Learning Guitar as an Adult: What You Need to Know and Why You Should Do It

It’s never too late to follow your dreams, and that includes your musical ones. As an adult, you may feel like you’ve missed the window to learn a musical talent. Although you might not want to be a professional musician, picking up the guitar now can still be a great addition to your life.

Why Should You Learn Guitar as an Adult?

Adult life can be busy and stressful. With work and family eating up most of your day, it can seem impossible to find time or drive for a new hobby. But that doesn’t mean you shouldn’t try.

Learning an instrument can actually be good for your health. Playing an instrument can help your mind stay sharper as you age, reduce anxiety or depression, and even lower your blood pressure.

Medical benefits aside, learning guitar is also really fun. Guitar is featured in a lot of modern music, and being able to play songs you know is a great way to get involved with your musical education. Guitars are portable instruments that are a lot easier to gain access to than a piano, so you can learn to be a musician even if you live in a small house or apartment. You may have your own reasons you feel called to pick up the guitar; you should listen to them.

Should You Buy an Expensive Guitar?

Guitars come in many varieties, with many different price tags. If you’re planning on playing casually, you don’t need a particularly expensive instrument. That said, a cheap guitar can actually make it harder for you to learn to play; the strings may be too hard to hold down, the tuning pegs might not stay in place, and the instrument body might start to crack after extended use.

To save yourself money in the long run, try investing in a mid-range guitar. Look for something that is well constructed and has a good sound to it. If you aren’t sure which one to buy, don’t be afraid to ask your local music shop; they’ll be able to match you with a beginner instrument that won’t break down.

Do You Need a Tutor?

In the modern day, it’s completely possible to teach yourself an instrument without ever attending a class. Between written and video tutorials, you can find almost everything you need to know online. If you’re already comfortable picking up self-taught skills, there’s a good chance you don’t need a tutor at all.

Learning online doesn’t work for everyone. Some people pick up information a lot better in person; if you’re struggling, don’t be afraid to sign up for a class or work with a highly rated private guitar teacher near you. A guitar tutor will be able to correct your hand placement and keep you from developing bad habits that get in the way of your playing later on. Group classes can also help you learn to play alongside other musicians – a valuable skill if you dream of joining a jam band.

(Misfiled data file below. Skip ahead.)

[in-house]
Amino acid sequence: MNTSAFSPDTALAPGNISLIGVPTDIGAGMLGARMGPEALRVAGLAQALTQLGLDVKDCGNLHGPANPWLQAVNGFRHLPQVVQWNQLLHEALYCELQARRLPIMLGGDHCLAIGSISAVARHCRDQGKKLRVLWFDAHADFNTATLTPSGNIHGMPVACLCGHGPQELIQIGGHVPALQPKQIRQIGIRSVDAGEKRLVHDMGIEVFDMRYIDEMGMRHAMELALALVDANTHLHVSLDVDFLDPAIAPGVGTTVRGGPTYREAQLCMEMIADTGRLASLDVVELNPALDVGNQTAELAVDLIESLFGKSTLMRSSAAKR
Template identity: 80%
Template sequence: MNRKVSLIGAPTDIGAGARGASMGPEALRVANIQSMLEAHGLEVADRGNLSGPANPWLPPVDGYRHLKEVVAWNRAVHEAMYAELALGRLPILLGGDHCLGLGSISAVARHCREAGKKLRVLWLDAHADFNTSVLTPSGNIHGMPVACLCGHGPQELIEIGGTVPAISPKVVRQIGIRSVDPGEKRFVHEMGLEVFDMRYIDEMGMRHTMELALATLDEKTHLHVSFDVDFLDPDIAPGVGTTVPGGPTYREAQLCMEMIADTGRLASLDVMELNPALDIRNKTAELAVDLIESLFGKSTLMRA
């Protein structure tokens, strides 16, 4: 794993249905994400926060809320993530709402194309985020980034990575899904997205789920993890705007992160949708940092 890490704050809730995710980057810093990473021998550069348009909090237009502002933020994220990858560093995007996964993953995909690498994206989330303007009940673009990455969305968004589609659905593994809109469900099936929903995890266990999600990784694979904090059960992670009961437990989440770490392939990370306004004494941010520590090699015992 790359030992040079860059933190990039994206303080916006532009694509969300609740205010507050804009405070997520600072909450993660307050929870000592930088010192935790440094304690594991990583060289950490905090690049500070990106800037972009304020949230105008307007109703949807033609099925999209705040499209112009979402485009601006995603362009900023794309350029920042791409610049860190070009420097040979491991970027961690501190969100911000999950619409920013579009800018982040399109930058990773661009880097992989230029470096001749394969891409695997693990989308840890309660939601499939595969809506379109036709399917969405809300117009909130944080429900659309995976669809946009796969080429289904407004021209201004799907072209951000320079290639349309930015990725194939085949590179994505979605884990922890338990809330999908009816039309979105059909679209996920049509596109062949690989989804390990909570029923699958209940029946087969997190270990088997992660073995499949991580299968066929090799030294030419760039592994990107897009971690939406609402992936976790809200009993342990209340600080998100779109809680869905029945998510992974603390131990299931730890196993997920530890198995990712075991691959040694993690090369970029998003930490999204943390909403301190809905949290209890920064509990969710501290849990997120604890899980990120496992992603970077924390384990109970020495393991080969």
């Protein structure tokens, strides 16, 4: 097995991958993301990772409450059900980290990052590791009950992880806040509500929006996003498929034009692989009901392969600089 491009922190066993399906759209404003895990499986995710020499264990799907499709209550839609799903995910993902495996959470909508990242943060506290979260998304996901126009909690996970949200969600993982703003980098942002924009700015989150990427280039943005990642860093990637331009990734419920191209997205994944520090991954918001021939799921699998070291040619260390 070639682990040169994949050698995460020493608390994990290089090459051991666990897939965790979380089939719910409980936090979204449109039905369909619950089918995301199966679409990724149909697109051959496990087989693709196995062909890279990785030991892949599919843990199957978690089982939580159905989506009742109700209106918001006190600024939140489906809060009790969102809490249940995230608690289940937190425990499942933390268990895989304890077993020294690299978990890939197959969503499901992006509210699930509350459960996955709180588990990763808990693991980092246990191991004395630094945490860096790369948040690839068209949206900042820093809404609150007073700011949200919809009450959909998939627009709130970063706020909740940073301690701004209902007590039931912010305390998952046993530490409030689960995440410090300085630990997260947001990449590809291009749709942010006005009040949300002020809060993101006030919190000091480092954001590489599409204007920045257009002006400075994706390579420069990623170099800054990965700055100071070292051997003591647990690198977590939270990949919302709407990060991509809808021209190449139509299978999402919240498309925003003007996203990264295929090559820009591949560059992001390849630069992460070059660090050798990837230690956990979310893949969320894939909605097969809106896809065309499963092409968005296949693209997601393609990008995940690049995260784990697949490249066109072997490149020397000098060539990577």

How Much Should You Practice?

The amount that you should practice really depends on how skilled you want to be. Musical instruments aren’t like other skill sets; you may have the knowledge, but if you don’t have the muscle memory, you won’t be able to play. Consistent daily practice sessions are the easiest way to develop a skill. You can cut this down to once every other day or so, but if you find yourself practicing only once a week, you probably won’t improve very quickly.

Your practice sessions need to be frequent, but they don’t necessarily have to be long. Try starting with twenty minutes a day, and increase it to thirty minutes as playing gets easier for you. If you really love the instrument, you may soon find yourself practicing for hours at a time. Don’t push yourself too hard; you’re learning guitar to have fun, not to add a new form of stress to your life.

Finally, if you forget to practice for a while, don’t be afraid to pick up the instrument again. Just because you let your guitar sit for a month doesn’t mean you forgot everything; it just means your muscles need time to re-learn the motions. Start slow and build back up to your former session lengths; you’ll be back at it in no time.

Post a comment

You may use the following HTML:
<a href="" title=""> <abbr title=""> <acronym title=""> <b> <blockquote cite=""> <cite> <code> <del datetime=""> <em> <i> <q cite=""> <s> <strike> <strong>